It was me, my brother Bob, ol' Charlie Bell, and a near-worthless critter
named Gus that had 18 head of Standardbred orangutans fresh shipped into the
New Jersey winter when this story takes place. Twenty below and we were
sleeping in the barn above the horses for the first couple of months because
we couldn't rent a house until the first billing cycle went through and we
had some money--if one or two of the owners actually paid.
And this was a well-ventilated barn, so the 20 below was blowing hard through
the cracks in the mow and we found ourselves sleeping with electric heaters
INSIDE our bedrolls. Now, Charlie was a cranky old fart, 65 going on 140, who
during the day ran around in a little bumble bee black and yellow ski suit
but at night slept next to nekkid. The problem was that our collective draw
on the barn electricity would cause the upstairs circuit breaker to blow
about every two hours--and Charlie was the first to feel the chill in his
You'd hear him start to cough, then thrash around in his bedroll muttering
and then, suddenly he'd fall out of bed. No big deal--just a couple of inches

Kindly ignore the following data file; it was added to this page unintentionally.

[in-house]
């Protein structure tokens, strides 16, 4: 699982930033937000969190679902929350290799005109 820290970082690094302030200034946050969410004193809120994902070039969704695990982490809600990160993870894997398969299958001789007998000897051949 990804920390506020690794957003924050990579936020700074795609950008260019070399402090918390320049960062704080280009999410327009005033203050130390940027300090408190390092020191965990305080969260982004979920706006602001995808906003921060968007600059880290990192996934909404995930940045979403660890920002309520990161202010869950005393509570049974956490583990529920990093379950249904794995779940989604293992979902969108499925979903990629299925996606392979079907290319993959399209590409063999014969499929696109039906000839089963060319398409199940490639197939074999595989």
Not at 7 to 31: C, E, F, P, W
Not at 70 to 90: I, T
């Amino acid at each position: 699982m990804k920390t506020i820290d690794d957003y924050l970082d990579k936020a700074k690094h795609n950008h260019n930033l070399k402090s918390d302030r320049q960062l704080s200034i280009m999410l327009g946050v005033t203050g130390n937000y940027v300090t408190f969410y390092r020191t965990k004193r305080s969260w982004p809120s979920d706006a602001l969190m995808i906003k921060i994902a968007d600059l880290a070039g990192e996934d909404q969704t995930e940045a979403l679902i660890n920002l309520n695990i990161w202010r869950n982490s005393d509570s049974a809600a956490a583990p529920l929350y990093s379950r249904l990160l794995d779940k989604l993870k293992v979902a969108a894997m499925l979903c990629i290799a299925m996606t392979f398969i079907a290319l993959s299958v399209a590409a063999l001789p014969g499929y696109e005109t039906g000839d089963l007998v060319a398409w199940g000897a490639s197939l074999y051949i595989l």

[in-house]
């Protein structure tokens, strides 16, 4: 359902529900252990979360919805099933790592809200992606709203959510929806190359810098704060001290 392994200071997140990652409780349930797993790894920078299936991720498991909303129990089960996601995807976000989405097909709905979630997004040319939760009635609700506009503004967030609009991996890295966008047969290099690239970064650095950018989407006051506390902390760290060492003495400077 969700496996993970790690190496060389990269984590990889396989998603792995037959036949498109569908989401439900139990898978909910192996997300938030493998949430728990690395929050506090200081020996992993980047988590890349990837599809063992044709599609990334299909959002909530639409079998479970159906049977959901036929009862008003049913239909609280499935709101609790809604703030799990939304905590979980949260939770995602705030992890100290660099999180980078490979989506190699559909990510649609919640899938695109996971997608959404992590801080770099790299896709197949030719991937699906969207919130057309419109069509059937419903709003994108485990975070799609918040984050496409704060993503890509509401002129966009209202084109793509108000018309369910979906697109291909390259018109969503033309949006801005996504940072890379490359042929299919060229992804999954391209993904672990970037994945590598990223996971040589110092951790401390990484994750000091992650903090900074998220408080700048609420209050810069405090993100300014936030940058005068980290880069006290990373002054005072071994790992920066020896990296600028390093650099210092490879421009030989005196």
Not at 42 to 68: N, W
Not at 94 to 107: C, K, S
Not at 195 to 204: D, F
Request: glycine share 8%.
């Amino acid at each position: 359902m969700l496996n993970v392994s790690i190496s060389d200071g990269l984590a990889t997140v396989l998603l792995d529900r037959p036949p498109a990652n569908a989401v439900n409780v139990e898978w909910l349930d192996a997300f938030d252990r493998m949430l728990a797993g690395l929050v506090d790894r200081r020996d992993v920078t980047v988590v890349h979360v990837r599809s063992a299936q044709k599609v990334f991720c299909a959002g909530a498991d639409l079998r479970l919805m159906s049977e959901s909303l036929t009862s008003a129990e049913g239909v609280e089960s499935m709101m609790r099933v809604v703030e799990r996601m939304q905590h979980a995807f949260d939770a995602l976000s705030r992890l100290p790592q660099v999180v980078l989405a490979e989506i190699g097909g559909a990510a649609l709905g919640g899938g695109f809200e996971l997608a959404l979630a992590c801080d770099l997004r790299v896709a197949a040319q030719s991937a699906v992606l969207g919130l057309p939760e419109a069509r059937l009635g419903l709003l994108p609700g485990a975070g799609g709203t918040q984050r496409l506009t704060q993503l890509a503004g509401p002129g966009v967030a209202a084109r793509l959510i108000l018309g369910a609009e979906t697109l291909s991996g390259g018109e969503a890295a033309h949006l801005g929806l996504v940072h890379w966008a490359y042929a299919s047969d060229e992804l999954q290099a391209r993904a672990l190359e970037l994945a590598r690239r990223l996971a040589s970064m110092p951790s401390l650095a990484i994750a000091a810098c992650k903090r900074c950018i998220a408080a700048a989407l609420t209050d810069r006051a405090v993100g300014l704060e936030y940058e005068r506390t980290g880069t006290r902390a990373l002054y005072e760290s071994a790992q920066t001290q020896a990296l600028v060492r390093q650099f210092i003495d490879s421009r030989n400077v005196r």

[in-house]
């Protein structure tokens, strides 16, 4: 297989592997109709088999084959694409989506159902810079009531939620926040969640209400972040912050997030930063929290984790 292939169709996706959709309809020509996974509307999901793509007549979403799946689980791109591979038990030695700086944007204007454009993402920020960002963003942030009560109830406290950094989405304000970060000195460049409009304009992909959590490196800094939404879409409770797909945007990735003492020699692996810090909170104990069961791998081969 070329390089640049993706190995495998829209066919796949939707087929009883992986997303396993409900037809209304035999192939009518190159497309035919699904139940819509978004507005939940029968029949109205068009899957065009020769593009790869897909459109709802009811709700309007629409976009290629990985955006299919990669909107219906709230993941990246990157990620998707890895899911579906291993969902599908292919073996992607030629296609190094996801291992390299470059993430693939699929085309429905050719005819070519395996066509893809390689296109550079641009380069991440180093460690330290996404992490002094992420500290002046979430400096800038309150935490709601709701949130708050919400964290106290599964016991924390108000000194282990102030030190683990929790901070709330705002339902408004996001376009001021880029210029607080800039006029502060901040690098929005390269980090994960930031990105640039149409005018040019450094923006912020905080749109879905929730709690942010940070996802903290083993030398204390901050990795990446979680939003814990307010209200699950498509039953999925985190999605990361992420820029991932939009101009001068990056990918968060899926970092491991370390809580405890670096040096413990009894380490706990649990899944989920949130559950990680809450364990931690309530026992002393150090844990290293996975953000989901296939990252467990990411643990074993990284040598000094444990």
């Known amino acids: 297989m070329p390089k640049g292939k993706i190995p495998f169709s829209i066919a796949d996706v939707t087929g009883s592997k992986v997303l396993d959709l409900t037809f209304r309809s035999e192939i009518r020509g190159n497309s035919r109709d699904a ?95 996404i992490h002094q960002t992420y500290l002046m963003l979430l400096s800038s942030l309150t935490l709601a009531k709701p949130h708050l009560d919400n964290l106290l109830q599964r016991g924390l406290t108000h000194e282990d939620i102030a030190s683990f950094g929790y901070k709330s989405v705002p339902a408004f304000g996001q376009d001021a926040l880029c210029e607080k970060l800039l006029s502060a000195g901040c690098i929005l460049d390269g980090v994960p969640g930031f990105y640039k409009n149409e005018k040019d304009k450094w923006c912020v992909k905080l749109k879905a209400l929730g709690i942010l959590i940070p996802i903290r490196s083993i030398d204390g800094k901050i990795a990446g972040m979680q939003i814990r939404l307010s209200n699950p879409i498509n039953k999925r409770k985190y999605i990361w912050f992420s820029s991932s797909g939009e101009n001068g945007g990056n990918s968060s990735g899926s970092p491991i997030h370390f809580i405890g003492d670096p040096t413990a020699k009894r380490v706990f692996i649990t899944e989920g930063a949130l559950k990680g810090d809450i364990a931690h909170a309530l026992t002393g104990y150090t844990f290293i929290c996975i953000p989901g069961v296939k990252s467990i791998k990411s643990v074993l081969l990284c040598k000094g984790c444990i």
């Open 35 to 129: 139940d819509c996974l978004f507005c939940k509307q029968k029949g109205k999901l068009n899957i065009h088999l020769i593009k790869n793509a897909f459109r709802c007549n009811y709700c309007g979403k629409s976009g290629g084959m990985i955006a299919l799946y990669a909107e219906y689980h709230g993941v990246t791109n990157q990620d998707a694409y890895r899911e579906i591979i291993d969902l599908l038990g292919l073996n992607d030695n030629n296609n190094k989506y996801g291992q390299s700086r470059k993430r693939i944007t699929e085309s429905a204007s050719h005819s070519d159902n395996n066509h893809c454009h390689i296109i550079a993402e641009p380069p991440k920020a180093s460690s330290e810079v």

from the bedroll to the boards of the mow, but with Charlie it sounded like a
bag full of baseball bats hittin' the floor followed by a wildcat screech.
Anyway, ol' Charlie, good 'n woke by that point, would stumble, coughin' and
cussin' ,down the ladder to the fuse box and light us all up again.
Now this is actually a story about hobbles, or hopples as they are called in
Standardbredese, so I'd better get into them. Hobbles arre straps that tie
two or more of a horse's legs together, much like you used to tie you're
little sister's shoe laces together long ago. So they don't go nowhere. But
in Standardbreds we use hobbles (hopples) to tie a front and a back leg
together for a whole different effect--a kind of side-wheeling waddle we call
My brother Bob, some 15 years younger than me, hated horses, hated shoveling
manure, and was a professional SCUBA diver wondering what the hell he was
doing in stinking New Jersey eating mouthfuls of frozen sand kicked up by
furry sidewheelers when he could be in the Camaan Islands romancing tanned
and lively babes--FOR MORE MONEY! But he was helping his big brother.
Charlie, on the other hand, was right where God intended him to be, preaching
the Gospel of The Racehorse Is Made In the Stall to all of us. A typical
sermon: "Now what are you doing--what do you think you're doing with that
bandage--I showed you a hundred times how to wrap a leg and here you're about
to cord this horse sure as hell--gimme that damn wrap--hold the horse, fool,
see, he knows you were tryin to kill him. Now watch what I do and don't
forget it--I said HOLD THE HORSE--goddam kids these days can't chew gum and
wrap a leg at the same time. Gimme the damn shank and just sit down and don't
do nothin but watch and think. That oughtta short out the whole damn barn."
End of Hopples, part 1